That’s really what I was aiming for with my latest images. I felt that for a while now, my stuff has really depended on symbolism. This time around, I wanted to see if I could tell a story. I have a kind of loose narrative in my head for these new paintings, I named this group of paintings “Out Where the Grass Don’t Grow”. They’re supposed to be snapshots of different places and things happening in a fictional, romanticized version of a small southern town. I think I’ve always had the sneaking suspicion that southern cities and towns have a dark side, a seedy underbelly just underneath, not necessarily negative, but dark all the same.
You never had any formal art education. Do you think that’s allowed you to develop your own style? Has not having any training held you back in any way?
I think not having gone to art school did help me in certain ways. Years ago, I went to a comic convention with my sketchbook in hand and a young man’s ambition. I did the thing that all young artists do at comic book conventions, I tried to get a job. My sketchbook was embarrassingly bad, but I did get a lot of great advice from the professional artists there. At the time, I was still deciding whether or not to go to art school, and every single person I asked for advice told me not to go. They said that my work had a strong voice of its own, and that I’d lose it if I went to art school. I’m not sure if they were saying that because my sketchbook was so terrible, or because they meant it. But either way, I didn’t go to art school, and kept drawing, painting, and doing my own thing.
I’ve never really thought about how things would have turned out had I gotten formal training. I suppose i’d be better and maybe have made some important contacts. But, I’d also have art school debt.
You said your art is Southern Gothic in ways. Would your style be different if you weren’t born and raised in the South? (is that the case, you’ve always been around the south?)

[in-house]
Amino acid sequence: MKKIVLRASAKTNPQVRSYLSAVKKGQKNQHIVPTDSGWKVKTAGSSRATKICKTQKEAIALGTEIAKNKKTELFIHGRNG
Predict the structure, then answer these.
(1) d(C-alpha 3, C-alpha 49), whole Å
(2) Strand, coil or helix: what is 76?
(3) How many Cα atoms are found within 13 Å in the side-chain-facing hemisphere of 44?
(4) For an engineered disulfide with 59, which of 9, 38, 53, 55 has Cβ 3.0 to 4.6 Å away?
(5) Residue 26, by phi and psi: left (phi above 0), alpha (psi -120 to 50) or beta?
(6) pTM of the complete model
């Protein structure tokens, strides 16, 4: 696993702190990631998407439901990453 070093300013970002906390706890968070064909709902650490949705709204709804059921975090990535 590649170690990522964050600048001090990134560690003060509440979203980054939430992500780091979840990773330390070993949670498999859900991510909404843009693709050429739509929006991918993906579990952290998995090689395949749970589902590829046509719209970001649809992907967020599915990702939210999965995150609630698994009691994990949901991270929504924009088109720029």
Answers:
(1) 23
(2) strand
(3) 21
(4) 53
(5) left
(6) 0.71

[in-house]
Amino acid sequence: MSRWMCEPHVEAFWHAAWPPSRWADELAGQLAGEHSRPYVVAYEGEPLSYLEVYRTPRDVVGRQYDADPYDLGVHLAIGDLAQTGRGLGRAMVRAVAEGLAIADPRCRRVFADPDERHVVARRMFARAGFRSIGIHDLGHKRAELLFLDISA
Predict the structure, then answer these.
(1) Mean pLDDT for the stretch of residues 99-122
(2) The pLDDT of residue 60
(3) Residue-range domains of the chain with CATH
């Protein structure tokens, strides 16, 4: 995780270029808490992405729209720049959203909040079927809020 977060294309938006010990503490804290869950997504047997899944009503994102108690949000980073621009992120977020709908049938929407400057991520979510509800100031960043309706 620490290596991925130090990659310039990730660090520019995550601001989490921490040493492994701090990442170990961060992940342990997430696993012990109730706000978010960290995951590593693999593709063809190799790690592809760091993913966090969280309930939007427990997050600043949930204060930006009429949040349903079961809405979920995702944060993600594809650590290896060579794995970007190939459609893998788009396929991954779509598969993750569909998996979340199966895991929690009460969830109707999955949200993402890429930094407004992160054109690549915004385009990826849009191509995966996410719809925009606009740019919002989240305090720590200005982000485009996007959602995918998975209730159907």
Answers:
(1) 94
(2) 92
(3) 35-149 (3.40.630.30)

I was born and raised in South Carolina. I was born in Lexington, spent some time as a kid in Charleston, then moved back to West Columbia in middle school, and moved downtown as an adult. Though, I’ve been lucky enough to travel all over the U.S and even Central and South America, I feel like the south (for better or worse) has a rich history and plenty of good and bad to pull from for inspiration. I have the feeling if I wasn’t from around here, there’s no way my style would be the same. I can’t really put my finger on it, but there’s something special about the American South. Our culture and community is special and unique and I hope that comes across in our art.
What does it mean to make it as an artist for you? Like is having a day job and being recognized in your community enough or does making it mean your livelihood comes exclusively from art?
I’m not sure, because every time I think I’ve made it, I set a new goal for myself. I remember thinking that “made it” meant that I got commissioned to paint for somebody. Then, I made it the first time I got to hang my art somewhere for sale and sold it. Then, I made it again when I had my first solo show. I keep moving the benchmark, so I don’t think I’ll ever make it. That being said, it sure would be awesome to be my own boss and paint for a living.
You get to do a portrait of anyone past, present, or future live in the flesh. Who is it?
Definitely the very first cave painter. The guy that invented 2D visual art.